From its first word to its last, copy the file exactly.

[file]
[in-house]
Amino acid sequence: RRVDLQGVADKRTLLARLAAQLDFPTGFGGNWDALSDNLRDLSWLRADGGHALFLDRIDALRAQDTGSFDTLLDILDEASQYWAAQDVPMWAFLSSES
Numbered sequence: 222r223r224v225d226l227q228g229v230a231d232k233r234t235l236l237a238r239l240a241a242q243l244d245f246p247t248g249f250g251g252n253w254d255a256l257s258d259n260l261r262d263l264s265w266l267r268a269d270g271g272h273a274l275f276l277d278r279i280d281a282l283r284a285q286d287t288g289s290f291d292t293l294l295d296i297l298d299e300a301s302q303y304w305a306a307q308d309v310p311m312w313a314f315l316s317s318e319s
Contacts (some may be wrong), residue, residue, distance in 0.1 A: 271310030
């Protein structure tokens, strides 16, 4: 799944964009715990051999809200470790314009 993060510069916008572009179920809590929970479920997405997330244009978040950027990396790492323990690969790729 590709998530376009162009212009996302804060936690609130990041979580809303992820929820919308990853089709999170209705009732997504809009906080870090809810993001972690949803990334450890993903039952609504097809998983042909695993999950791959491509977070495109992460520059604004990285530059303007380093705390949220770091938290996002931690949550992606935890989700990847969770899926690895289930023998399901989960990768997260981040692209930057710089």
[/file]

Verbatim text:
[in-house]
Amino acid sequence: RRVDLQGVADKRTLLARLAAQLDFPTGFGGNWDALSDNLRDLSWLRADGGHALFLDRIDALRAQDTGSFDTLLDILDEASQYWAAQDVPMWAFLSSES
Numbered sequence: 222r223r224v225d226l227q228g229v230a231d232k233r234t235l236l237a238r239l240a241a242q243l244d245f246p247t248g249f250g251g252n253w254d255a256l257s258d259n260l261r262d263l264s265w266l267r268a269d270g271g272h273a274l275f276l277d278r279i280d281a282l283r284a285q286d287t288g289s290f291d292t293l294l295d296i297l298d299e300a301s302q303y304w305a306a307q308d309v310p311m312w313a314f315l316s317s318e319s
Contacts (some may be wrong), residue, residue, distance in 0.1 A: 271310030
């Protein structure tokens, strides 16, 4: 799944964009715990051999809200470790314009 993060510069916008572009179920809590929970479920997405997330244009978040950027990396790492323990690969790729 590709998530376009162009212009996302804060936690609130990041979580809303992820929820919308990853089709999170209705009732997504809009906080870090809810993001972690949803990334450890993903039952609504097809998983042909695993999950791959491509977070495109992460520059604004990285530059303007380093705390949220770091938290996002931690949550992606935890989700990847969770899926690895289930023998399901989960990768997260981040692209930057710089």